Date
21 July 2019

Asthma attack response

Suggestion for implementing the strategy ‘Recognising and responding to an asthma attack’

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Asthma first aid

Asthma first aid

The six steps for delivering first aid support to someone having an asthma attack are explained in this short video.

Asthma emergency treatment

Asthma emergency treatment

Respond quickly if a child collapses and appears to have difficulty breathing.
With spacer
  1. Shake inhaler and insert inhaler mouthpiece into spacer.
  2. Place spacer mouthpiece in person’s mouth and press the canister once.
  3. Ask the person to breathe in and out normally for about 6 breaths.
  4. Repeat in quick succession until 6 puffs have been given.
Without spacer
  1. Shake inhaler.
  2. Place mouthpiece in the person’s mouth.
  3. Give 1 puff as the person inhales slowly and steadily.
  4. Ask the person to hold that breath for 6 seconds, then take 6 normal breaths.
  5. Repeat as required.

Source: Asthma + Respiratory Foundation NZ (opens in a new tab/window)

Response to difficulty breathing

Response to difficulty breathing

If a child or young person collapses and appears to have difficulty breathing, call an ambulance immediately whether or not the person is known to have asthma.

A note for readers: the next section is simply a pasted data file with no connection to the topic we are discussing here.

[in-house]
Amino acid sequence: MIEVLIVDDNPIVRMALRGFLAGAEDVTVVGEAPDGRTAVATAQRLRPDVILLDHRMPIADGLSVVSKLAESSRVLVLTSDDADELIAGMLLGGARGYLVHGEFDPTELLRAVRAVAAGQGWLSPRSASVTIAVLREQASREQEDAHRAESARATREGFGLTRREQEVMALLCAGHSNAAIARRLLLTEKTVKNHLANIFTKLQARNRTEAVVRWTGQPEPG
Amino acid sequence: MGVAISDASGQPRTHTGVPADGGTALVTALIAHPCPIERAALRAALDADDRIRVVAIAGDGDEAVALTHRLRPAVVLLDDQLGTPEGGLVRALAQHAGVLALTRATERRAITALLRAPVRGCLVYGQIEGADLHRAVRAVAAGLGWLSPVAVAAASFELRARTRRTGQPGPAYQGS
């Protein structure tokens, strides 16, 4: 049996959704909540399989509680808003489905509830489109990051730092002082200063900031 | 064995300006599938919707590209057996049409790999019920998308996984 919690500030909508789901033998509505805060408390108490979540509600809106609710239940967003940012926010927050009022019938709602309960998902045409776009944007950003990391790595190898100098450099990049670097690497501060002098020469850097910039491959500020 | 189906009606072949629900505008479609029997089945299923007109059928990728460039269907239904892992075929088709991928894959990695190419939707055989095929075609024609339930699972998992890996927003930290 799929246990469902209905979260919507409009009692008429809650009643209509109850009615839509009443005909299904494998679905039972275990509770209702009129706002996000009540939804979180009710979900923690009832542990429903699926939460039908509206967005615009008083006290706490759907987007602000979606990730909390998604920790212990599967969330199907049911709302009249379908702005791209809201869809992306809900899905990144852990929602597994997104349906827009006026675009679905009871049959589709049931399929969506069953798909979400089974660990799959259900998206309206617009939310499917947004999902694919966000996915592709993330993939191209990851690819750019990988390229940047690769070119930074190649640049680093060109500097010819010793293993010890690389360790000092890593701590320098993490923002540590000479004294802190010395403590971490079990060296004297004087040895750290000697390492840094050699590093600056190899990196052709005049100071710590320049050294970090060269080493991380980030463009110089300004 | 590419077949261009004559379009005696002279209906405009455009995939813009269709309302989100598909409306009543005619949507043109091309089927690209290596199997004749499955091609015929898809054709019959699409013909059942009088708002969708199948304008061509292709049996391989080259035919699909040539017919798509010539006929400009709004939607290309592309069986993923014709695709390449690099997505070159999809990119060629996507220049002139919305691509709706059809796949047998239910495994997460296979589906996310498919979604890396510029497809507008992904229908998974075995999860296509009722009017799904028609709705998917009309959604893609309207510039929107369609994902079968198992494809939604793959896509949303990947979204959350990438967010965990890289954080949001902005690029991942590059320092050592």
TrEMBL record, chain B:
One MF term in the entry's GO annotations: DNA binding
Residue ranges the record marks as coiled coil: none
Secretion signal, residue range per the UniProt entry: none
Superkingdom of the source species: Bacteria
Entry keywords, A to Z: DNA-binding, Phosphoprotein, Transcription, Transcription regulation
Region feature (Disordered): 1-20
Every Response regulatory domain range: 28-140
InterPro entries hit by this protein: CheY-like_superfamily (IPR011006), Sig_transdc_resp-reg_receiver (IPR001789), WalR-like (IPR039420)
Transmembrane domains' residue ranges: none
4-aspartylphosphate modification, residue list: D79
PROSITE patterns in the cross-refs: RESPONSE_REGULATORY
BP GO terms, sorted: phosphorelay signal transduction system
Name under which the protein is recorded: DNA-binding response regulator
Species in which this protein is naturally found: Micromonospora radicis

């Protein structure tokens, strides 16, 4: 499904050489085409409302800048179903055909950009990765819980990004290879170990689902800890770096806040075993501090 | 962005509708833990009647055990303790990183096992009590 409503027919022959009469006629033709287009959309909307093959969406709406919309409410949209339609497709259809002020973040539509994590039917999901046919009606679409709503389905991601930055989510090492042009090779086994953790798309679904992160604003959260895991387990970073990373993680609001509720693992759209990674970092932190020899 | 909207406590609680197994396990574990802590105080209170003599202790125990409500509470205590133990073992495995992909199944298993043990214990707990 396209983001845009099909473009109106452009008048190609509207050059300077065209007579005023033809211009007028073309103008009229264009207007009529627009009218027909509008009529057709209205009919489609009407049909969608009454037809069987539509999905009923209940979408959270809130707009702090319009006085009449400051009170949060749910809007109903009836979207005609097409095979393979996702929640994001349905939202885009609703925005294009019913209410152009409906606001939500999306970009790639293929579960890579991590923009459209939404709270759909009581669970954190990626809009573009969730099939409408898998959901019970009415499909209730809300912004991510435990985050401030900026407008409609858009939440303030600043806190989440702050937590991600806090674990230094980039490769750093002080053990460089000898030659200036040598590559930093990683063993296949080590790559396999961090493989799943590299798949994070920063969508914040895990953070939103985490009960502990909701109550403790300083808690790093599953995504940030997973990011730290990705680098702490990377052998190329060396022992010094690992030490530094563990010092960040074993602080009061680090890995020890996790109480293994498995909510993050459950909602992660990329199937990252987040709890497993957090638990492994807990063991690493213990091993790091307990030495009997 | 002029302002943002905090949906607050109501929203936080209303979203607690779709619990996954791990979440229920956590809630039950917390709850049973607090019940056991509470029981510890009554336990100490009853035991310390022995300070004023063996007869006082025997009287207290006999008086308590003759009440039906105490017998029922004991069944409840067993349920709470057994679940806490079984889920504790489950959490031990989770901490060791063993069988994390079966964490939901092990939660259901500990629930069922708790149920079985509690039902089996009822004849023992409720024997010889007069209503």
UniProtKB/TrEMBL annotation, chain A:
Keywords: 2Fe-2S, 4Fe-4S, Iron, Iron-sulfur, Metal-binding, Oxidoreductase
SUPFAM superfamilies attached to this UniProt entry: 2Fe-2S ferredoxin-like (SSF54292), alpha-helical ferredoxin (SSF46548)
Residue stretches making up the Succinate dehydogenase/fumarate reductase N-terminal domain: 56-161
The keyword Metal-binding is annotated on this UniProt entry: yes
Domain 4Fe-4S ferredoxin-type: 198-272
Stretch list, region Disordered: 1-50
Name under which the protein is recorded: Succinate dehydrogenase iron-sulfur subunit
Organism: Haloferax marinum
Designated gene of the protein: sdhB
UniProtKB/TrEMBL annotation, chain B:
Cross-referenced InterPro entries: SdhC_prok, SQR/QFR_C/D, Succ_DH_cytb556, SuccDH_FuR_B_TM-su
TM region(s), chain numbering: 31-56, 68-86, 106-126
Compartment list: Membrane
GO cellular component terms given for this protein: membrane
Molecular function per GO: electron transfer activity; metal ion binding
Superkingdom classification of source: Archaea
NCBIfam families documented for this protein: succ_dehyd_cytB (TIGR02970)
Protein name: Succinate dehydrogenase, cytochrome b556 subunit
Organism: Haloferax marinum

Follow the Asthma + Respiratory Foundation’s response procedure for someone’s first asthma attack.

  • Call an ambulance immediately (DIAL 111).
  • Give six puffs of a reliever inhaler.
  • Six breaths for each puff.
  • Repeat every six minutes, if little or no improvement.

No harm is likely to result from giving a reliever to someone who does not have asthma.

Note: An asthma emergency kit can be purchased from Asthma + Respiratory Foundation NZ. This includes a letter of Authorisation for Reliever Inhaler. This can be used only by schools and colleges in accordance with Ministry of Health Guidelines.

Source: Asthma + Respiratory Foundation NZ (opens in a new tab/window)

Useful resources

Useful resources

First aid information.

Website

What to do in an emergency

Publisher: Asthma NZ

Visit website

Website

Asthma

Publisher: St John NZ

Visit website

Next steps

More suggestions for implementing the strategy “Recognise and respond to an asthma attack ”:

Return to the guide “Asthma and learning”

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